Friday's tornado in Muskogee County destroyed over a dozen homes and killed livestock. County residents said, though it tore their homes apart, the storm also brought their neighbors on Elm Grove Road closer together.
"I can’t thank everyone enough for my neighbors helping me. I have good neighbors," tornado survivor Cissy Moore said.
Moore said she is still emotional thinking about Friday's tornado that touched down in her neighborhood near Keefton. Moore doesn't know if she would be alive if it wasn't for her neighbor, Daniel Scott.
"There's four doors in my home and I couldn't get out of any of them from the trees," Moore said.
Daniel Scott, who is 17, said he was at his home across the street when the tornado struck. Scott rushed to help as many neighbors around him after the tornado passed through. He knew Moore was elderly and was living alone and ran to her house first.
"I picked her up, and I took her into the house,” Scott said. “I sat her down because she was shaking and cold and wrapped her in towels. I saved her life.”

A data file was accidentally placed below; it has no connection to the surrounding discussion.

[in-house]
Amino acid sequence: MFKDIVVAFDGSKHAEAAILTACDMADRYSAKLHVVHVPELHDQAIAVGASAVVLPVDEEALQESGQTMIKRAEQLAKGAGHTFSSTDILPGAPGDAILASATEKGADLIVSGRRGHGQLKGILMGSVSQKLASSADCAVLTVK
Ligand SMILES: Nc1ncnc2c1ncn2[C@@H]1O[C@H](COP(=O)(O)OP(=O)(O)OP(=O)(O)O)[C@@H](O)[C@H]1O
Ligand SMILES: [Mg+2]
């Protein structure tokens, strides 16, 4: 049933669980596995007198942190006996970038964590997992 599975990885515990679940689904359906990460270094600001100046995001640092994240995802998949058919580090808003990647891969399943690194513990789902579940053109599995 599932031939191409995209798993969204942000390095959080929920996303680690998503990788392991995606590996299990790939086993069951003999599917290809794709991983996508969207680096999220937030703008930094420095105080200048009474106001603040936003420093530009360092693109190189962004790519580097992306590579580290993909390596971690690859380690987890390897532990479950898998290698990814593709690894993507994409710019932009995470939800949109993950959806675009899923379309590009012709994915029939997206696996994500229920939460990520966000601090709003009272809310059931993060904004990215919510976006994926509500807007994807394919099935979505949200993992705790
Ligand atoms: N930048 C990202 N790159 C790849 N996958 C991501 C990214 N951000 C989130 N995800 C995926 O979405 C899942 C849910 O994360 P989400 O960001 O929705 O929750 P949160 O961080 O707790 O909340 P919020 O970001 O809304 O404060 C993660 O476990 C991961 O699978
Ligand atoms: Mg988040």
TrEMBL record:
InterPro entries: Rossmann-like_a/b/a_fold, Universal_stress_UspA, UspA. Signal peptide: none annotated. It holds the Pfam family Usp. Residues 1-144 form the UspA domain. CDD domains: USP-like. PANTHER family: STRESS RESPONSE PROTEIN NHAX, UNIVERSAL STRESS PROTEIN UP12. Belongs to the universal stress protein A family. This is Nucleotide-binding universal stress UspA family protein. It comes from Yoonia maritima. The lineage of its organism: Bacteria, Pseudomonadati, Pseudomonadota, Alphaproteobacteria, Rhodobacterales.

Daniel’s father, Danny, said their family is OK and many family members were not home when the storm came through. Danny said they had extensive damage to their homes and lost livestock.
The National Weather Service said the EF1 tornado stretched approximately five miles down Elm Grove Road and destroyed the Scotts' shed along with other homes and buildings.
Danny Scott said the miracle in all of this is his family and neighbors are all okay.
"It kind of pulls on your heartstrings, being thankful and grateful for what we do have,” Danny Scott said. “It could have been a whole lot worse. There are a lot of people who have a whole lot more destruction than we did.”
Daniel said the storm left destruction, but it built lasting bonds. He and Cissy are now not only neighbors but friends.
"I'm glad I helped [Cissy],” Daniel Scott said. “It made us all come together.”
If you are still in need of assistance by the American Red Cross, you call them at 918-682-1366.